Feeling Good, Feeling Bad

mountain sunriseMuch like the rest of life, there are going to be good days and there are going to be bad days out there on the trail or road even in the gym, swimming pool or on the bike.

This raised a couple of questions: first, how do you deal with the bad day during the run; second, how do you even get out there when you know it is going to be a struggle.

I had this very thing happen a few weekends ago. It’s one thing to deal with a bad day during a short run, but to get through a long run? Ugh, it’s tough. My weekend called for back to back long runs of 27 miles and 25 miles. I chose to do my 27 mile run with a lot of climbing. It took me a lot longer than I had planned, but the run was beautiful. On Sunday, I chose a flat trail. I knew it would be a tough run from the moment I woke up. It was hard to get out of bed. And even as I was getting ready, I thought about going back to bed. I was behind anyway.

I made it to the trail about twenty minutes late. It took a while to get warmed up and I struggled the whole way. I fell hard at mile 23 and sat in the middle of the trail wanting to quit for the day. I nearly had myself convinced I could just sluff off the last four miles. But I got up and finished.

So what did I do to get myself out the door? I have a morning routine and I stuck to it. Even while my mind was saying go back to bed, the rest of me was going through the motions of getting ready to go. I had packed my hydration pack and set out my clothes the night before, which didn’t leave me a lot of time to think about not going in the first place.

Each time the thought of not going came up, I reminded myself of all the times I had been tired and run anyway. I felt great once I got going and was always glad I had finished my run. I reminded myself how much I love being on the trail in the morning hours and listening to the forest wake up. I told myself I could take a nap after my run if I needed it. Once I was out the door, there was no turning back.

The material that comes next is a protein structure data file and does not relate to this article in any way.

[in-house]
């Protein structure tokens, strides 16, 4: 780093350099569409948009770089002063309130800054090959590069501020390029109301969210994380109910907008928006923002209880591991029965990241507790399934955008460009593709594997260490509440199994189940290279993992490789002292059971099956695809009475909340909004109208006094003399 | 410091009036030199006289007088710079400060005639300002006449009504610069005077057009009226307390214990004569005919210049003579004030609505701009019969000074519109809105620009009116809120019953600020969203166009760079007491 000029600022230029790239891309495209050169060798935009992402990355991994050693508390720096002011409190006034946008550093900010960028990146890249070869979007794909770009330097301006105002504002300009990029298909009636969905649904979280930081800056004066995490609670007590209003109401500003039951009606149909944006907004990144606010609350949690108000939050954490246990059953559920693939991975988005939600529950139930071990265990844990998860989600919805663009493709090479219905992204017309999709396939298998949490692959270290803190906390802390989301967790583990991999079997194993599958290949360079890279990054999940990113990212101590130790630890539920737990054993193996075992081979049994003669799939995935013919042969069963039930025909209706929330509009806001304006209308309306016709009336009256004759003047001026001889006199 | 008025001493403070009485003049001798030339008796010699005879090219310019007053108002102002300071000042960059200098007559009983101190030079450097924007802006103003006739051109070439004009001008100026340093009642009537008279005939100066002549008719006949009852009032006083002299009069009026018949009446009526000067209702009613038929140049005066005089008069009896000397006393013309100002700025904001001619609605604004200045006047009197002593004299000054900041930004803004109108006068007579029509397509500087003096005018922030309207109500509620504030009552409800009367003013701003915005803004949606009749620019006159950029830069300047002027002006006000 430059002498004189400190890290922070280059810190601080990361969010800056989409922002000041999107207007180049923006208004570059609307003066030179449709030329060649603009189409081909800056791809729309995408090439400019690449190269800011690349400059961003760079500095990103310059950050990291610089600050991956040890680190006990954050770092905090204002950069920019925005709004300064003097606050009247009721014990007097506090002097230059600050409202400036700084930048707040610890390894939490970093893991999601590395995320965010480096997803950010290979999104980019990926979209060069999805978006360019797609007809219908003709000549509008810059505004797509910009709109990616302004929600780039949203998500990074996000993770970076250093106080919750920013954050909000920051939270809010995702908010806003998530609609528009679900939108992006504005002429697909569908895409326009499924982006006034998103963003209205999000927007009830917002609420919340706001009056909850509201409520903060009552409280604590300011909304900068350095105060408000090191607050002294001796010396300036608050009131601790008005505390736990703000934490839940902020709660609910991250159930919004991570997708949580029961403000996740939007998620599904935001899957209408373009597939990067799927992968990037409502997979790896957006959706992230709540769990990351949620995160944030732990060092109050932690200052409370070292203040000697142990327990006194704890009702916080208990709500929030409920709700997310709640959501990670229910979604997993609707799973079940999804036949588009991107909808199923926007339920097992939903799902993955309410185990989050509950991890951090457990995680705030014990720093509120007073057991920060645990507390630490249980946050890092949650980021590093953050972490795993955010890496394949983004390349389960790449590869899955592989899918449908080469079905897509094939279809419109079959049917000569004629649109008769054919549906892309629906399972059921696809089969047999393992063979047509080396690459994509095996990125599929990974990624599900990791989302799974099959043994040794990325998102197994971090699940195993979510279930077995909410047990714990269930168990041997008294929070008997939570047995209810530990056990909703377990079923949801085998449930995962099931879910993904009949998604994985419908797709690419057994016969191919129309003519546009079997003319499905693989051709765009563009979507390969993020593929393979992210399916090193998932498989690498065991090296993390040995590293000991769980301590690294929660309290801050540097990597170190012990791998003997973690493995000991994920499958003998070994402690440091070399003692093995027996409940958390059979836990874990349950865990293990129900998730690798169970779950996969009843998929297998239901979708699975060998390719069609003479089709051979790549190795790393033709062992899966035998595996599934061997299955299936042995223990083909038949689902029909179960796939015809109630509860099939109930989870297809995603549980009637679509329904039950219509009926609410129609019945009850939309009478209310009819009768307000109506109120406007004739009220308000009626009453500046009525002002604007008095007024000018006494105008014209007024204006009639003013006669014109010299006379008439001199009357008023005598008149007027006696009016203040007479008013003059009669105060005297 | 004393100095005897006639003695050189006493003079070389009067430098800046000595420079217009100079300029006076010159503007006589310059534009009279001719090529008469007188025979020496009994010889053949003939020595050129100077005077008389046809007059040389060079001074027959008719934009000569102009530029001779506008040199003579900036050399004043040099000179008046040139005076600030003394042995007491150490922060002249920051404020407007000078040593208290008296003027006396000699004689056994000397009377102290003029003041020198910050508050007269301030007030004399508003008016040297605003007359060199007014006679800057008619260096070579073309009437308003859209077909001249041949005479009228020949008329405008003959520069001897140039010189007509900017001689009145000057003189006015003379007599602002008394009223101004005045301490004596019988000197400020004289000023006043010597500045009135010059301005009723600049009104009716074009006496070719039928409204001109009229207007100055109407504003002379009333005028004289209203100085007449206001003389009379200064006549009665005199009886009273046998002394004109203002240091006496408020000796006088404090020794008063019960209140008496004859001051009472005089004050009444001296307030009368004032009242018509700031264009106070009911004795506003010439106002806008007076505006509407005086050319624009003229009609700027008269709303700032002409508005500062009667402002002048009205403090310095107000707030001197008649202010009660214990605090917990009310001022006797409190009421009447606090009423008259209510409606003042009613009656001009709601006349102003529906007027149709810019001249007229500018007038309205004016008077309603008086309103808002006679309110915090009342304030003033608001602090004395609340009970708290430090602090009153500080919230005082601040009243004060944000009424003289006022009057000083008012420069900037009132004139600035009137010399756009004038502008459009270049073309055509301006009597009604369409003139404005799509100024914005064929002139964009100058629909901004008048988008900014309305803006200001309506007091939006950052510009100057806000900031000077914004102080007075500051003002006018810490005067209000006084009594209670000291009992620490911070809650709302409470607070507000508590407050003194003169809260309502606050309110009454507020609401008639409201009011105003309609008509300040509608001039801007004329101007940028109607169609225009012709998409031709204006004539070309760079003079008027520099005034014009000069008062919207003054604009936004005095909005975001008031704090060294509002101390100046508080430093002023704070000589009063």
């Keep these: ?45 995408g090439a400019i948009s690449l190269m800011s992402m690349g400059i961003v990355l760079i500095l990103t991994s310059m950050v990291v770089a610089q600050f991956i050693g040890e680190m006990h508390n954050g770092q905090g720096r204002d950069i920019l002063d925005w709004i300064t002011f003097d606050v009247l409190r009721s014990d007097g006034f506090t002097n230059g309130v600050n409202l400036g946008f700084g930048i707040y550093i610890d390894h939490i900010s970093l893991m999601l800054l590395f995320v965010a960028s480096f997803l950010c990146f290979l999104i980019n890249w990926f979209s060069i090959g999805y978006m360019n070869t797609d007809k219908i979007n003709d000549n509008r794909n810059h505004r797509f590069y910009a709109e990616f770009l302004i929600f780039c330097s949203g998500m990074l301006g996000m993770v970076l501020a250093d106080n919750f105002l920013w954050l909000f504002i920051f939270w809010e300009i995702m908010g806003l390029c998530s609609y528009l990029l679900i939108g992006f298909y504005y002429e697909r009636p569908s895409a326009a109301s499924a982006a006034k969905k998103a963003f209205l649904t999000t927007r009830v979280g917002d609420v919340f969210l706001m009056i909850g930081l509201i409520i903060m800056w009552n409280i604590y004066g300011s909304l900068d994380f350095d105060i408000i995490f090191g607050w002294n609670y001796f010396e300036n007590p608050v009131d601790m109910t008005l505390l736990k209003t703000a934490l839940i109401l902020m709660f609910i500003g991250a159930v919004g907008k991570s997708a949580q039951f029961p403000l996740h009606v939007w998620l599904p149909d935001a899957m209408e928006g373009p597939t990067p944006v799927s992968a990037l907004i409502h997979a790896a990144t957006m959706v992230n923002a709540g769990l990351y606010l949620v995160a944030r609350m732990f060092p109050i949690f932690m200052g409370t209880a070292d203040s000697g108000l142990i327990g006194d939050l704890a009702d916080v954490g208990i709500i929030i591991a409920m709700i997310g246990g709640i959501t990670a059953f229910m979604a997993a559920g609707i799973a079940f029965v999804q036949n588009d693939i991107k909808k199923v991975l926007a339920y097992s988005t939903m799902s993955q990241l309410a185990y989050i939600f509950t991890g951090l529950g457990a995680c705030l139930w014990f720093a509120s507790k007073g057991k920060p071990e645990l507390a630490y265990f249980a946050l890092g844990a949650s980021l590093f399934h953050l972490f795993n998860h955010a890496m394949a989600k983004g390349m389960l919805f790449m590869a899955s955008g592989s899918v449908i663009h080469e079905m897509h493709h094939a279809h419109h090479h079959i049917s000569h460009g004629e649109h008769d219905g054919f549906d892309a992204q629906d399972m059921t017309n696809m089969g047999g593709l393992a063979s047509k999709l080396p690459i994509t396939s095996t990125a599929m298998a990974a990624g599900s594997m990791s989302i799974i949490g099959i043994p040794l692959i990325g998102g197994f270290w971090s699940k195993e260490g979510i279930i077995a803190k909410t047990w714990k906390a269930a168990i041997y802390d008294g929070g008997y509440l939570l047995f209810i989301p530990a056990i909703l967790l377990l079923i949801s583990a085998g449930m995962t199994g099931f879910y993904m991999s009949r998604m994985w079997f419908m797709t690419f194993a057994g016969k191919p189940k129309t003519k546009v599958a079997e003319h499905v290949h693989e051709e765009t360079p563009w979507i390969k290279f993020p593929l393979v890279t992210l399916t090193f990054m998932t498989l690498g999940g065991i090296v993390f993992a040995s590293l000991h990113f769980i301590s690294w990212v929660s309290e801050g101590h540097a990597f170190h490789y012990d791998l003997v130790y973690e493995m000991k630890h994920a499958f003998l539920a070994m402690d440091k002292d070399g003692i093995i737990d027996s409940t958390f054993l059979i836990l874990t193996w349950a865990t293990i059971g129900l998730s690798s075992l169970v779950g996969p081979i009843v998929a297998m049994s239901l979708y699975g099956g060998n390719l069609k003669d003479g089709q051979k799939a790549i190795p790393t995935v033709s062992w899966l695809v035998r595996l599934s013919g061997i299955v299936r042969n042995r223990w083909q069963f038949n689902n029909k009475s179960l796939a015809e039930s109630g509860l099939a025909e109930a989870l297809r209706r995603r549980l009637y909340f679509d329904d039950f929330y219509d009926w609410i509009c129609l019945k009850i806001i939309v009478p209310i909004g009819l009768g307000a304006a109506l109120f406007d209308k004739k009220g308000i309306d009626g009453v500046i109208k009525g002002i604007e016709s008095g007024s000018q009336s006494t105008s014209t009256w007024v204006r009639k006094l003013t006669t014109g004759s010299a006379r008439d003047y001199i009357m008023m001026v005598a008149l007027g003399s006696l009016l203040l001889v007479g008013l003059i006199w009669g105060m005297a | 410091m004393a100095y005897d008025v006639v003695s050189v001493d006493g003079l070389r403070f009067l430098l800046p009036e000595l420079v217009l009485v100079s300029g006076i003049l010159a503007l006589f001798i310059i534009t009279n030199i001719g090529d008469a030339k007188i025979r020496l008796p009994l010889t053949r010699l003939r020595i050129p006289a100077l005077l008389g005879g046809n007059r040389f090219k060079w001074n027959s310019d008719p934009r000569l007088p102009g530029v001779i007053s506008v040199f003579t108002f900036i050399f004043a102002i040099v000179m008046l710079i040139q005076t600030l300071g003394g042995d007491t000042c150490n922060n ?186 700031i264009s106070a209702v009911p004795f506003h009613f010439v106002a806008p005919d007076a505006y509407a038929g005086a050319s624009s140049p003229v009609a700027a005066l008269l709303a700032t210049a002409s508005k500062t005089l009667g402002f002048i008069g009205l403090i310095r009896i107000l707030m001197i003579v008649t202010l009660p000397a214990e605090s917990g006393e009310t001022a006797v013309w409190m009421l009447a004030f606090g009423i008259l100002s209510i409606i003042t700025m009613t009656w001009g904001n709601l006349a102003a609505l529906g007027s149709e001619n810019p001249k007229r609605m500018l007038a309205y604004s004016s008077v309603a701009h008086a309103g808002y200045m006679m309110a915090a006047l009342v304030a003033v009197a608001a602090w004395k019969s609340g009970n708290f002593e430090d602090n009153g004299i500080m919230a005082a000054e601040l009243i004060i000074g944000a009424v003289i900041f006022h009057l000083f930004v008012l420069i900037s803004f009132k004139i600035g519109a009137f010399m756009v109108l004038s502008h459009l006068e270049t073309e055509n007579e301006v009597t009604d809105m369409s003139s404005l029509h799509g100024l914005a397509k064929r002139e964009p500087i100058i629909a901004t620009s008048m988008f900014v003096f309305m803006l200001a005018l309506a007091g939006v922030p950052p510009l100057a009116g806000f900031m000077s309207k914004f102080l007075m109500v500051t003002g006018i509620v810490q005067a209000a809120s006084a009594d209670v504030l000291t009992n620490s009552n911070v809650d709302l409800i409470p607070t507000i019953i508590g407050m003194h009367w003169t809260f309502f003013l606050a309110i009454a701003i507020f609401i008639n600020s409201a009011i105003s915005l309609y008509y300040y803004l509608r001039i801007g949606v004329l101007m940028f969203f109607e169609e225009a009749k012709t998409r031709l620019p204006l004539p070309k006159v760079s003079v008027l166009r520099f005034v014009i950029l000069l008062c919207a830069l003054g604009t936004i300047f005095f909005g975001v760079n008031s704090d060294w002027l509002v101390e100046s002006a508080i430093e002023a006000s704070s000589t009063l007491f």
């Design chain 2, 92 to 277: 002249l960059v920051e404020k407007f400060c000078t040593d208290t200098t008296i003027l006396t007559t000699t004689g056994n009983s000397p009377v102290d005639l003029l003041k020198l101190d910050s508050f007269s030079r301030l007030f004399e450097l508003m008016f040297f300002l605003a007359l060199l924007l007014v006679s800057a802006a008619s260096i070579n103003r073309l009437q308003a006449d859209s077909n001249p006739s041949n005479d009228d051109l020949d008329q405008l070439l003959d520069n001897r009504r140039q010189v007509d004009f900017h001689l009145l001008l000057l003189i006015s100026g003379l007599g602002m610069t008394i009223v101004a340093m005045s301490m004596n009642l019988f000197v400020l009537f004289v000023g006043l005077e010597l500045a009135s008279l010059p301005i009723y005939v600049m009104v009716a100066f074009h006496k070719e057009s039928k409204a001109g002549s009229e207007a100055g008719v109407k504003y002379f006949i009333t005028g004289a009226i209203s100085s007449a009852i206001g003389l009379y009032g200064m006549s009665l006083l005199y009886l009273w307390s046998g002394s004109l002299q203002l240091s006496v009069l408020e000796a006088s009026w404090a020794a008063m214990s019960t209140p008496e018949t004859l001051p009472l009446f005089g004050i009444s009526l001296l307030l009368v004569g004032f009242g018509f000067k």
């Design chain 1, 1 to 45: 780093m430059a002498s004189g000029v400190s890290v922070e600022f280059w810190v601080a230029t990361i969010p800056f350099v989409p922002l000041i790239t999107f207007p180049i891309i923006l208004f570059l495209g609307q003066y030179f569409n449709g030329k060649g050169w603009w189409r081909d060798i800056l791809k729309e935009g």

I kept going on the trail despite the low energy, low mood, and fall by reminding myself I would be happy I finished. I told myself it was good for me to struggle through long runs on occasion because I would struggle at some point during a race and I needed to be able to deal with it and keep going. And not just keep moving forward, but keep running a pretty good pace. I knew this would be one of those runs I would rely on in the future when I was having a difficult time. I also know from other difficult runs, that the sun always comes up. In other words, it gets better if you just keep going.

Everyone has hard days where their energy and mood are not conducive to a long run. Remind yourself of how great you feel when you are out there and after the run. Remember hard runs make you stronger mentally and physically. Most importantly, the sun always rises.

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